Rep. Mina Morita's Blog


I Miss Molly Ivins

Posted in Elections,General,Uncategorized by Mina Morita on November 1, 2010

I woke up this morning missing Molly Ivins.  I wish I could channel her right now to get her perspective on the absurdity of the 2010 political landscape.  But, she sums it up quite eloquently with this quote:

What stuns me most about contemporary politics is not even that the system has been so badly corrupted by money. It is that so few people get the connection between their lives and what the bozos do in Washington and our state capitols.

In my role as a “politician”, Molly Ivins grounded me because she always spoke the truth – that’s the power of a good journalist.

In this speech at Tulane University, Molly gives the most succinct civics lesson ever and her political commentary is probably more germane than anything you will hear tomorrow night.

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Appointed vs. Elected Board of Education

Posted in Education,Elections,Legislation/Capitol,Uncategorized by Mina Morita on October 17, 2010

I am voting “yes” on the appointed school board question.  Hawaii’s families need to hold elected officials accountable for our public education system, however, under the current structure it is very difficult to hold anyone accountable.  We can’t say we hold our elected Board of Education members responsible because most of us don’t even know who the BOE members are and many voters don’t even vote in the BOE races.  At least with an appointed school board Hawaii’s families can point directly to the Governor and the Legislature.

Several weeks ago I wrote about what makes a great school.  Here is an excerpt from that post:

Since 2002 the Lingle-Aiona administration tried to peg school reform on one issue, locally elected school boards. The Chair of the House Committee on Education, Representative Roy Takumi, has studied the issue of school reform extensively.  What is clear is governance of a school system (local versus state board of education) has little to do with successful schools.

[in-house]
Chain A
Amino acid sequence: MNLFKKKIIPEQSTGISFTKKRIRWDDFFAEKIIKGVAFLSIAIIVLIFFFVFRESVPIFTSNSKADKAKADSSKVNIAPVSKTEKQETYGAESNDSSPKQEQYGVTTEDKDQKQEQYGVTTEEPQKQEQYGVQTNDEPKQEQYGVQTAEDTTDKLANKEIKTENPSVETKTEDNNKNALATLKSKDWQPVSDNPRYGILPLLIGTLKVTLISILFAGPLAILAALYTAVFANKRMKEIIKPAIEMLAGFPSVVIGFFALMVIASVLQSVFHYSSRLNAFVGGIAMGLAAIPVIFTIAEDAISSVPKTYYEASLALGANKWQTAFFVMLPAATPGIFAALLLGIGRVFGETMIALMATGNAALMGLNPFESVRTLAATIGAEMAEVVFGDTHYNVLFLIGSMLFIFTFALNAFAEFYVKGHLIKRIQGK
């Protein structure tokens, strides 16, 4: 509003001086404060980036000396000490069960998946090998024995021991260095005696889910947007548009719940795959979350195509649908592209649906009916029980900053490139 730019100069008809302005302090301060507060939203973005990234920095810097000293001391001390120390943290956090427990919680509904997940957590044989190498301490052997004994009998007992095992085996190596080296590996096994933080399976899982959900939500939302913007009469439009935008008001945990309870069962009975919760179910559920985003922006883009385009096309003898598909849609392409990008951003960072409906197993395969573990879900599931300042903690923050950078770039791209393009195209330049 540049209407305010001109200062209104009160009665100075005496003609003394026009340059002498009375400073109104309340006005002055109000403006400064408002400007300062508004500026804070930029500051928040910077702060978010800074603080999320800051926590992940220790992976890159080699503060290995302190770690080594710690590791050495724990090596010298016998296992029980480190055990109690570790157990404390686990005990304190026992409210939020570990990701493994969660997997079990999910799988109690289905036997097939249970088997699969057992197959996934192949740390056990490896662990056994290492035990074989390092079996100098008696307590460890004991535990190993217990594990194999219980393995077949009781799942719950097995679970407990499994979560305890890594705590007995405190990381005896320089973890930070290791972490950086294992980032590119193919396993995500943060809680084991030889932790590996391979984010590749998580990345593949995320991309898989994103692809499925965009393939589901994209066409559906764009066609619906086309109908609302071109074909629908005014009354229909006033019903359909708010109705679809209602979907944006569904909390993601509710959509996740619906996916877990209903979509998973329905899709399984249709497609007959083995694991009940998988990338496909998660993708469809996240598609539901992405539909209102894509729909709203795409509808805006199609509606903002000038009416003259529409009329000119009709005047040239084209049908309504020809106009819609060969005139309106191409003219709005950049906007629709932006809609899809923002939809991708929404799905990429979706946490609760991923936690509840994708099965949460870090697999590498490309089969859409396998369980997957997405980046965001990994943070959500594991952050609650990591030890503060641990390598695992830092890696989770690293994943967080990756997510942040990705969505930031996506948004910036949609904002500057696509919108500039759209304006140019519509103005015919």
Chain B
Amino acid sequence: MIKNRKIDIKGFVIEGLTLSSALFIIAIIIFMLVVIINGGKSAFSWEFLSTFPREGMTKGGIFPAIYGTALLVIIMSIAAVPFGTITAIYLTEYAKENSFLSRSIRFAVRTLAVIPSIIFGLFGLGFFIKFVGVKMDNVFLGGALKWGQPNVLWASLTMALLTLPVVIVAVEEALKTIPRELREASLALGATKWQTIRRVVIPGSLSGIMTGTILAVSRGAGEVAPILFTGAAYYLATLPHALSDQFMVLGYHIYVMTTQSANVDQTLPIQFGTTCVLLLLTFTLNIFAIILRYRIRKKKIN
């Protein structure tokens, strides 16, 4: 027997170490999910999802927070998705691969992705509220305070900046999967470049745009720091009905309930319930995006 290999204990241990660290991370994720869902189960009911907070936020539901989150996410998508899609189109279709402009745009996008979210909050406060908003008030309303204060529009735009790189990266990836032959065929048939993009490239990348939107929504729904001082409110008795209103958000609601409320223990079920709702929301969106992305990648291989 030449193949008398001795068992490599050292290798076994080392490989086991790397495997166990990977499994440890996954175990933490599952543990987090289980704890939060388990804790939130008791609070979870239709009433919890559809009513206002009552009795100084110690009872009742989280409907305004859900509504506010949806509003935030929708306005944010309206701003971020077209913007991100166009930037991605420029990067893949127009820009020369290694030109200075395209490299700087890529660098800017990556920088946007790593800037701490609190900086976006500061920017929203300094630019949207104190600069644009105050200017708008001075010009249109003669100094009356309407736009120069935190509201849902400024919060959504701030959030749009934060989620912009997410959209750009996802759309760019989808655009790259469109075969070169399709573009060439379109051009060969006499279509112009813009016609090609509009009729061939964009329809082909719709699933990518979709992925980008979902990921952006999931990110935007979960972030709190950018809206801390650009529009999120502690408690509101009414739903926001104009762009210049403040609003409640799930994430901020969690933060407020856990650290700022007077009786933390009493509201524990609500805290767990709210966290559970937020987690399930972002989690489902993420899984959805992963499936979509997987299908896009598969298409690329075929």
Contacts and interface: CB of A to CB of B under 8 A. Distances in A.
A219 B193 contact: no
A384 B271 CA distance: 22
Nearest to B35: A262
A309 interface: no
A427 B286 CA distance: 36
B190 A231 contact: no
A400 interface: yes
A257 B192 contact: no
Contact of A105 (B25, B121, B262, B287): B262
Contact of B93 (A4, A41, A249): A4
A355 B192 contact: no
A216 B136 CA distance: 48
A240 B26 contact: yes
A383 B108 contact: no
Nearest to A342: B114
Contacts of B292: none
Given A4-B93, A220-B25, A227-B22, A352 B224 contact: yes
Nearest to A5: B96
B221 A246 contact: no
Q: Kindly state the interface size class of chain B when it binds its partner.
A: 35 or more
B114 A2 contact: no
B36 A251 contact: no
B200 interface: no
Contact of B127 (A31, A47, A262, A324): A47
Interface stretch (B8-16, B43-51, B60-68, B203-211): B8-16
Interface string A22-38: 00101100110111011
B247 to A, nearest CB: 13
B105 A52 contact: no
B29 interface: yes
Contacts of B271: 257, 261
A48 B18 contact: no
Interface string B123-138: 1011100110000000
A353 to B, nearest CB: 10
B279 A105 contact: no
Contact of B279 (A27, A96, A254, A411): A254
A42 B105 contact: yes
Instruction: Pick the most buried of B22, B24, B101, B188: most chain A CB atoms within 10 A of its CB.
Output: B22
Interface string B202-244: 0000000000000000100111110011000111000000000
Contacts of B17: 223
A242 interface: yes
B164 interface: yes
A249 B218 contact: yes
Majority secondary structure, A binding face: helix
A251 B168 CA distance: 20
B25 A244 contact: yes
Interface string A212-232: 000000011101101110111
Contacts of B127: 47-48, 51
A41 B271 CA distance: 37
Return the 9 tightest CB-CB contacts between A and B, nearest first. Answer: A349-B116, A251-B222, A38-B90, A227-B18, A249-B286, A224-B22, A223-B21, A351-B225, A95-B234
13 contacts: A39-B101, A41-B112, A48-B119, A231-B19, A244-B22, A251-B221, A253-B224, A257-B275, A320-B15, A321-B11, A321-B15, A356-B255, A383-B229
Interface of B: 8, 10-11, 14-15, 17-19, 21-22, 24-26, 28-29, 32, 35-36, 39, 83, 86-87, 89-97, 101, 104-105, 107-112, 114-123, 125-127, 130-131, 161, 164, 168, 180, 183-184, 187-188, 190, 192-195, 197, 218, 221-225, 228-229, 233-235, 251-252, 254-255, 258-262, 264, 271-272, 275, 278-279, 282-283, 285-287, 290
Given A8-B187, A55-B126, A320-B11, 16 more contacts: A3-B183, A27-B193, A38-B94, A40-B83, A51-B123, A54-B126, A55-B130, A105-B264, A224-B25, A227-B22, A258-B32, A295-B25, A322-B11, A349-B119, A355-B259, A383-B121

Throughout the country, successful schools have these common characteristics:  (1) Principals with effective leadership qualities, (2) Skilled and dedicated teachers, (3) Involved parents and active community support, (4) An Articulated Curriculum, (5) A Safe and Healthy Learning Environment.  Using this framework, I have supported legislation that brought funding and decision-making directly under local school control, worked to reduce class size, add more money for textbooks and modernize computers and technology infrastructure, tried to address the teacher shortage by providing fair compensation to retain and attract skilled and dedicated educators, established a Principal’s Academy to enhance leadership skills, established and adjusted the weighted student formula to adequately address a student’s special needs.

Today’s Star-Advertiser story on this issue sort of misses the point.  It’s not about the BOE, it’s about the best structure that can support transformation at the school level.  Yes, there can be bad, political choices made for BOE appointees but, hopefully, there will be checks and balances to minimize that possibility.  The Legislature tried to address this concern but Governor Lingle vetoed the bill that would have set-up the statutory framework for the selection/appointment process in anticipation to the possible passage of the appointed school board constitutional question.  House Bill 2377, which I co-sponsored, would have set-up a selection committee using the Hawaii P-20 Council to submit a list of potential candidates.  The Governor would have to select an appointee from this list of candidates who are then subject to the advice and consent of the Senate.  This process is similar to the Judicial selection process.

I cannot defend an elected BOE as a “democratic” process especially when voter apathy is so great.  No amount of voter education or money can “fix” this problem in a timely way.  The future of public education is at stake, the future of our children is at stake.  Democracy will not survive if public education is not our most important priority.  So please vote “yes” on the appointed school board question and remember, a blank vote is counted as a “no” vote.

Do I have a race? – Update/DePledge’s article

Posted in Uncategorized by Mina Morita on July 22, 2010

Here’s Derrick DePledge’s article that appeared in this morning’s paper.

Do I have a race? I think not.

Posted in Uncategorized by Mina Morita on July 21, 2010

The filing deadline for the 2010 elections was yesterday at 4:30 p.m.  David Hamman, a Republican living in Princeville, pulled nomination papers for the House District 14 seat on July 13.  He filed the House nomination papers on July 19 and withdrew his nomination papers that same day.  Then on that same day, July 19, he pulled nomination papers for the Senate District 7 seat and filed his nomination papers that same day.  I believe he had no intention of running for the House seat because his website announced his candidacy for the Kauai Senate seat before July 13.